What to Know About Peyote Use

Peyote (Lophophora williamsii) cactus

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Peyote (Lophophora williamsii or Lophophora diffusa) is a small, spineless cactus that is found in the southwest United States, northern Mexico, and Peru. The plant has been used for about six thousand years by native tribes for religious and healing purposes.

Peyote's principal active ingredient is mescaline, a psychedelic compound that can also be man-made through chemical synthesis.

Peyote buttons (protrusions found on the tops of the cactus plants) are usually dried and then chewed. They can also be soaked and consumed as a liquid (such as tea), ground into a powder that can be taken in capsules, or smoked with tobacco or cannabis.

As a Schedule I substance, peyote is considered an illegal and addictive drug in the United States. However, the American Indian Religious Freedom Act (AIRFA) Amendments of 1994 gives Native Americans the legal right to use peyote for their religious services.

The exemption has been an ongoing and contentious issue for years, although case law has determined that even members of the Native American Church who do not have Native American ancestry can legally use peyote in this context.

Also Known As: Peyote is also known as buttons, cactus, mesc, peyoto, blue cap, broken, bad seed, britton, hikori, hikuli, half moon, hyatari, P, nubs, seni, and tops

Drug Class: Peyote is classified as a hallucinogen.

Common Side Effects: Peyote is known to cause nausea and vomiting, increased body temperature, hallucinations, altered perceptions of space and time, impaired motor coordination, euphoria, and anxiety.

How to Recognize Peyote

Peyote buttons (the “crown” or top of the peyote cactus) look like disc-shaped buttons. They can be fresh or dried. Users can chew them or soak them in water to make an intoxicating liquid.

Since peyote has a bitter taste, it is also ground into an off-white powder that is placed inside a capsule to be swallowed or sprinkled into a cigarette or marijuana joint to be smoked.

What Does Peyote Do?

Peyote is a hallucinogen, meaning it can cause profound distortions in a person's perceptions of reality (known as hallucinations), including seeing, hearing, and feeling things that seem real but are not.

Hallucinogens are thought to affect neural circuits in the brain involving the neurotransmitter serotonin, which plays a role in mood, sensory perception, sleep, hunger, body temperature, sexual behavior, and muscle control.

The effects of peyote (which can range from a deeply mystical transcendental state to a “bad trip” and dysphoric symptoms) will depend on the potency and amount that is ingested, as well as the user’s expectations, mood, surroundings, and mental health history. Many users describe the high as dream-like.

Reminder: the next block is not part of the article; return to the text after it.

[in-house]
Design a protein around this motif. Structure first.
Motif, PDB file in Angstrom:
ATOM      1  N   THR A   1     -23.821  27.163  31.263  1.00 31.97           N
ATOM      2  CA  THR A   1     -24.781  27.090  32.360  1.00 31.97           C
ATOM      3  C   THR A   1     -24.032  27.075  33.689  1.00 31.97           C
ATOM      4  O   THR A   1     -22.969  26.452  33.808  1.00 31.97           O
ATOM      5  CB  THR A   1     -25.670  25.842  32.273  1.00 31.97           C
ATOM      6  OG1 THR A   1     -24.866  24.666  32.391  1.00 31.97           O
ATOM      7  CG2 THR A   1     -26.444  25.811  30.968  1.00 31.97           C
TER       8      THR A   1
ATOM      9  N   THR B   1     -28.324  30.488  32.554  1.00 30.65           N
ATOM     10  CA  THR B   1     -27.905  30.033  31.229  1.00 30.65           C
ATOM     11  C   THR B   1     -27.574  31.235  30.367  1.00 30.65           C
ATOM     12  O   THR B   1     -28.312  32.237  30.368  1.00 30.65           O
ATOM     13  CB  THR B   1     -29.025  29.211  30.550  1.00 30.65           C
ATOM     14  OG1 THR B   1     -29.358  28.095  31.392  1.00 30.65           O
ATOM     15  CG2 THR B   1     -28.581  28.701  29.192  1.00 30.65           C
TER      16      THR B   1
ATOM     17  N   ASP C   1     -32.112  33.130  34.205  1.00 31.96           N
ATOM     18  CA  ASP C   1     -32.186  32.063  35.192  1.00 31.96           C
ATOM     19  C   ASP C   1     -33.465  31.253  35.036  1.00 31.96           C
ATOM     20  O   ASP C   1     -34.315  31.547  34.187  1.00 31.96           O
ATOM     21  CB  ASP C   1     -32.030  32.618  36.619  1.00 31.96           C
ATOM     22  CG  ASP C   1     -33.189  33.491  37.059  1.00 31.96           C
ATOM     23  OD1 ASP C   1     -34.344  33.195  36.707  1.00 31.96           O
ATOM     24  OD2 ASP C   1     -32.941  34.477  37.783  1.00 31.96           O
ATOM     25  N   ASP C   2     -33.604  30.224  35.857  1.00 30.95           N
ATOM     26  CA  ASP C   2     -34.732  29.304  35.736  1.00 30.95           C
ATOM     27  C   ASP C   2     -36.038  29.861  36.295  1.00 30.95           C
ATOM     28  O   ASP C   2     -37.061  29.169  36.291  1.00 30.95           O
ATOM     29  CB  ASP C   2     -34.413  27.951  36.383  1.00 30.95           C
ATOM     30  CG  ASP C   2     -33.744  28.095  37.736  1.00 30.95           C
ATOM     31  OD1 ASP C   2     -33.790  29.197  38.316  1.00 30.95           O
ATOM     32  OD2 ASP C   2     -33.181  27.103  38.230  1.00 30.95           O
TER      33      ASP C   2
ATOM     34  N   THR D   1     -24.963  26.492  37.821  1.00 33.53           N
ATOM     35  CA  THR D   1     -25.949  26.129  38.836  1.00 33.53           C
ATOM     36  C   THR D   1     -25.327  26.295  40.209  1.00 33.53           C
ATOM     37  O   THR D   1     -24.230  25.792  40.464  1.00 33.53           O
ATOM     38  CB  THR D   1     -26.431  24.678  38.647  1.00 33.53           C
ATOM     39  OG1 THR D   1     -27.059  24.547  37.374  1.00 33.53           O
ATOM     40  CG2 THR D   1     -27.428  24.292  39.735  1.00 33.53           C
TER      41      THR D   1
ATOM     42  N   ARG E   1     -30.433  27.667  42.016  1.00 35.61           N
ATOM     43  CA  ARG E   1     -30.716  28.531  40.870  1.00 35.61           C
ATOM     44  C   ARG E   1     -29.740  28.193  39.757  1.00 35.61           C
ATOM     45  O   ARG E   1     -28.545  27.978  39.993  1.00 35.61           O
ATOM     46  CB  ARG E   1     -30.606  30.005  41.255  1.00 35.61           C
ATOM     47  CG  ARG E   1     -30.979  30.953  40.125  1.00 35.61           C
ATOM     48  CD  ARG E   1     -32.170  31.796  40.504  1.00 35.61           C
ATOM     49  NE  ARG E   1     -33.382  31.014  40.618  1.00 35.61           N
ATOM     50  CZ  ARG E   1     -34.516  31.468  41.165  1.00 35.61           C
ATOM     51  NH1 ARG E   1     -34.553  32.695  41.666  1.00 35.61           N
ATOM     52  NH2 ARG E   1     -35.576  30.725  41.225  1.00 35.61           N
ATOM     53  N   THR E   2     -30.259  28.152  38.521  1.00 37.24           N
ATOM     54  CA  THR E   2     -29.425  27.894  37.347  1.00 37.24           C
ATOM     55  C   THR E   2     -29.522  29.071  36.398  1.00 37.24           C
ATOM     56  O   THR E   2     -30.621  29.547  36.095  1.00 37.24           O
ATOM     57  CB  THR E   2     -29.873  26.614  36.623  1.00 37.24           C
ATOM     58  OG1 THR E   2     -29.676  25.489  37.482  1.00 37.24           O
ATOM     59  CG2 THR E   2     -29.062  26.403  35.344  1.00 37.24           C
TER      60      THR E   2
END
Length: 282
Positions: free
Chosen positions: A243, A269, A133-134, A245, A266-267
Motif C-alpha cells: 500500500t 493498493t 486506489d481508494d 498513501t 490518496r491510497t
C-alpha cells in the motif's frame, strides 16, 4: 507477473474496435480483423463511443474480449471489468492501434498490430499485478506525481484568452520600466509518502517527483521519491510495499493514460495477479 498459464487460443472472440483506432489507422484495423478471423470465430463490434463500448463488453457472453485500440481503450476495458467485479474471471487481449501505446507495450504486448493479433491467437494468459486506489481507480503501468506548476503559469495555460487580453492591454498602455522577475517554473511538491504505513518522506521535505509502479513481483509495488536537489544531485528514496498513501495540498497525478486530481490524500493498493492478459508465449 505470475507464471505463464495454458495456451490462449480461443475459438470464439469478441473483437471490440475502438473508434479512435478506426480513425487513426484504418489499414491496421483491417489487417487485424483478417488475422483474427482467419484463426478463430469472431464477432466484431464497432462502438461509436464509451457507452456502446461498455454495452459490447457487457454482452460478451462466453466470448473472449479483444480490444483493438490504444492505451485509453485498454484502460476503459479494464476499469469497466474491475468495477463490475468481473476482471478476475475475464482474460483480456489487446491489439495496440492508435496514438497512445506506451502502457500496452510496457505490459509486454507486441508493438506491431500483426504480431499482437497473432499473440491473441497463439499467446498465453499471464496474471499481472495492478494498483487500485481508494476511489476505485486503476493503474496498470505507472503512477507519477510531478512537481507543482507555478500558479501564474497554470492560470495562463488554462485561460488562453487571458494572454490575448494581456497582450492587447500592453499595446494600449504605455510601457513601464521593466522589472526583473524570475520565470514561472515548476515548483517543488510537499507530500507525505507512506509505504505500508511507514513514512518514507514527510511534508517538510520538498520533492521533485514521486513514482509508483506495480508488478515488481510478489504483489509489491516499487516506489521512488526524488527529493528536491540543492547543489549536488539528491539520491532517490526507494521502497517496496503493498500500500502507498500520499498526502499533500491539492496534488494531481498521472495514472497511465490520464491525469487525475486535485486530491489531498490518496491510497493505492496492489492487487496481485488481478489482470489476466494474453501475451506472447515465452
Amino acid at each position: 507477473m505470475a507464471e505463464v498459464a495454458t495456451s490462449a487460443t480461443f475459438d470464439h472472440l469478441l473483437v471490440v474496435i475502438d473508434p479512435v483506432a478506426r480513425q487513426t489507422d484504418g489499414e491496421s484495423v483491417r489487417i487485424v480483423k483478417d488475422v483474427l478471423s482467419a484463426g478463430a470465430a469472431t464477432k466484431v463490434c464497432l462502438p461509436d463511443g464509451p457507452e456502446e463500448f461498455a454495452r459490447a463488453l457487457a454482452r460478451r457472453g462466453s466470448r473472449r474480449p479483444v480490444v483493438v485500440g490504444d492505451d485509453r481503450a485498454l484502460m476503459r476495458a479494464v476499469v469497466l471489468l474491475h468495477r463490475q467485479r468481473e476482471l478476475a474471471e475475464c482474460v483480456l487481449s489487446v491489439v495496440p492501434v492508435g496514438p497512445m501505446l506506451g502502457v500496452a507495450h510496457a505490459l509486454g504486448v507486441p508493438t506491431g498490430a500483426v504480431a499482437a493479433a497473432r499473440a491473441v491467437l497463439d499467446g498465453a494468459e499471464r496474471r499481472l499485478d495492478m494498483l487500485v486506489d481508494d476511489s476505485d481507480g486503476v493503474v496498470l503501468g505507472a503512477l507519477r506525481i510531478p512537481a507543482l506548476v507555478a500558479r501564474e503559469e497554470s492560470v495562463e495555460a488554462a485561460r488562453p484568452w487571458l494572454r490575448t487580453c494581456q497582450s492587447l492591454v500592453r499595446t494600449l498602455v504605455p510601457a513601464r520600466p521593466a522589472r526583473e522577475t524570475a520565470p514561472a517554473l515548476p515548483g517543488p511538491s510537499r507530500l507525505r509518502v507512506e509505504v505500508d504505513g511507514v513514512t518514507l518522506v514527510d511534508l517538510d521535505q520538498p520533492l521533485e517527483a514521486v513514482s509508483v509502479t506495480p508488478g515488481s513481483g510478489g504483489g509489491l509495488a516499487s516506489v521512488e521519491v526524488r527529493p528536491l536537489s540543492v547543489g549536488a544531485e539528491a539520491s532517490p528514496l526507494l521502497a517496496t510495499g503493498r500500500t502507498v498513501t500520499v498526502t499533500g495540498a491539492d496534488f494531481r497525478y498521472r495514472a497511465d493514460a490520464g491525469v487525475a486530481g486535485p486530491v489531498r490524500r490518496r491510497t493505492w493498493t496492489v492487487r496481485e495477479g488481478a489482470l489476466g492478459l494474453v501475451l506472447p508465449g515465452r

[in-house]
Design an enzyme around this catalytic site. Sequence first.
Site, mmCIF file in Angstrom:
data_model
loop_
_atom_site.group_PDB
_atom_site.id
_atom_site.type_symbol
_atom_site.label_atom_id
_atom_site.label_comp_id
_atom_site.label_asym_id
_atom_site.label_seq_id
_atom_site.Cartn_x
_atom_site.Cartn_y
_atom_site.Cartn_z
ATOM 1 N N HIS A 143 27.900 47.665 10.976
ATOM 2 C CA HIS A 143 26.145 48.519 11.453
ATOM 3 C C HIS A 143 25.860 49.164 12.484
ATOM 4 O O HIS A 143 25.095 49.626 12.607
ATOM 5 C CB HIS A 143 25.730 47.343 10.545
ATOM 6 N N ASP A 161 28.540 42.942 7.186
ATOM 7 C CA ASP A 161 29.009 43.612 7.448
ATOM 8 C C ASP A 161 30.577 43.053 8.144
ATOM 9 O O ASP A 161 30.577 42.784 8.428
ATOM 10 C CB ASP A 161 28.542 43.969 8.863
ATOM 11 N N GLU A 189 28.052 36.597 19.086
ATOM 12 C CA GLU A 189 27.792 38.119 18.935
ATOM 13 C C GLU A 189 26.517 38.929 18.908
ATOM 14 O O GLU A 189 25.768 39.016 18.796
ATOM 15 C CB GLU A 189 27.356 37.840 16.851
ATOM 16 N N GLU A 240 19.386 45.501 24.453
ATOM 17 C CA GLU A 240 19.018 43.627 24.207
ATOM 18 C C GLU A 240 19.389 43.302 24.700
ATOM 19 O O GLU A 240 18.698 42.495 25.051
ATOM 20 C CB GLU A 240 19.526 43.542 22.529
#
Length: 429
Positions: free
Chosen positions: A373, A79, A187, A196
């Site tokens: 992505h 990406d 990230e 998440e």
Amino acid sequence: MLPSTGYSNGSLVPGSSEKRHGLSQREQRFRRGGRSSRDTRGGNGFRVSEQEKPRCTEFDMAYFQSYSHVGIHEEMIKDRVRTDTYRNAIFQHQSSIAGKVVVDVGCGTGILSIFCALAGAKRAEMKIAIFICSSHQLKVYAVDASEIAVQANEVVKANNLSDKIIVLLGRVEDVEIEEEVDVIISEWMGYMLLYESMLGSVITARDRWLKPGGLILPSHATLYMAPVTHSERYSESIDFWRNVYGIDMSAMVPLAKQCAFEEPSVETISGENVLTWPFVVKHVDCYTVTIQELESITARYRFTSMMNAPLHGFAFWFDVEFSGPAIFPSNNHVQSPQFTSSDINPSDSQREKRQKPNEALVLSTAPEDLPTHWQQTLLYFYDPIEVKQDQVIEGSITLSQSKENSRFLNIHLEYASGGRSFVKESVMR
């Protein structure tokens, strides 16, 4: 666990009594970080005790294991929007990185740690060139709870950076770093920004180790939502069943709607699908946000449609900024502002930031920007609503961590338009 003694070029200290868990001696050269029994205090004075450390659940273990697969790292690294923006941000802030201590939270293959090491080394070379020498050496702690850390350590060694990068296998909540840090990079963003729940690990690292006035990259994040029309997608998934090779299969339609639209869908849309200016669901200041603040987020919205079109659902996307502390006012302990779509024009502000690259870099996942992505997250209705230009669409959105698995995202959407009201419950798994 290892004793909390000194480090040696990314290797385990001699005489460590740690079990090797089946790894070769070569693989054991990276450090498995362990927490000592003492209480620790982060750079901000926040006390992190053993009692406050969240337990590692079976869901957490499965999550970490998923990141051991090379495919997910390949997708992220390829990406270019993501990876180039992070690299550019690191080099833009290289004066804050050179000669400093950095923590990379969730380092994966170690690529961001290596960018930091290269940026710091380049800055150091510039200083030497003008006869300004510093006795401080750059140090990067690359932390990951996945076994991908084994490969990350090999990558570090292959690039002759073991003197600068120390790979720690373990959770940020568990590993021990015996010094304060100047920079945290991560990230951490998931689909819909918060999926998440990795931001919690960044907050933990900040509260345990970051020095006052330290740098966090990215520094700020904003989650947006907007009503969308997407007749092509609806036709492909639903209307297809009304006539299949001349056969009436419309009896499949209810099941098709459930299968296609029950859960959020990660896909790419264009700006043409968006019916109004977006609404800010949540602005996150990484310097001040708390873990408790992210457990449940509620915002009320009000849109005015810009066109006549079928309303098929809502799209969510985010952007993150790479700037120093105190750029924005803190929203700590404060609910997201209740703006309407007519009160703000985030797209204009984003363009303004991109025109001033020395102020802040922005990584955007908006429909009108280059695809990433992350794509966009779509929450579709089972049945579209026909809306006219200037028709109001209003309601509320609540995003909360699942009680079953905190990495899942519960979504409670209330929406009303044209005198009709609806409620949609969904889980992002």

The effects are often intensified when the drug is combined with substances like alcohol or stimulants, which can potentially harm a person's mental health.

Users can begin to experience the drug's effects (as well as physical discomfort, including nausea, sweating, and chills) within 30 minutes of ingesting peyote. The effects can last up to two hours before reaching a peak.

The hallucinogenic effects of peyote typically peak around two hours after ingestion, and gradually decline over the next eight to 12 hours.

Some users compare the peaks to LSD trips. They may profoundly alter perceptions of self and reality, as well as intensify emotions. The effects are also similar to other hallucinogens like psilocybin (the hallucinogen in magic mushrooms) and PCP.

What the Experts Say

According to a 2014 study on the prevalence of peyote use in Native Americans, a fairly large surge in the number of Native Americans who used peyote was seen for roughly four years after the AIRFA passed.

However, researchers believe that the noted increase was likely due to more people admitting to using peyote once it was legal. Since that time, the number has leveled to just under 10%.

Peyote use in the rest of the U.S. population is between 1% to 2%. However, most data sources that quantify drug use exclude peyote, making it difficult to gauge the full scope of use.

Though peyote can cause negative effects, research that has been done indicates that ingesting peyote does not appear to be life-threatening. Most adverse effects of the drug go away in time.

However, the mescaline in peyote is known to be potentially harmful to developing fetuses. If you're pregnant or think you're pregnant, you should not use peyote.

Off-Label or Recently Approved Uses

Peyote is classified as a Schedule 1 controlled drug and its use is illegal in the U.S.

However, peyote has been used by Native Americans for thousands of years in religious ceremonies and to treat physical ailments. There remains an exception for members of the Native American Church.

When assisted by a healer or "roadman" (similar to a priest or minister), members use peyote to facilitate communication with the Great Spirit (also called the Creator).

Peyote and other hallucinogens are also being studied as possible treatments for mental health conditions that are associated with perceptual distortions, including schizophrenia, obsessive-compulsive disorder, bipolar disorder, and dementia.

Common Side Effects

The amount of mescaline needed to produce hallucinations is very small—usually 0.3 to 0.5 grams. The effects can last up to 12 hours but will depend on a user's size, metabolism, and how much is ingested.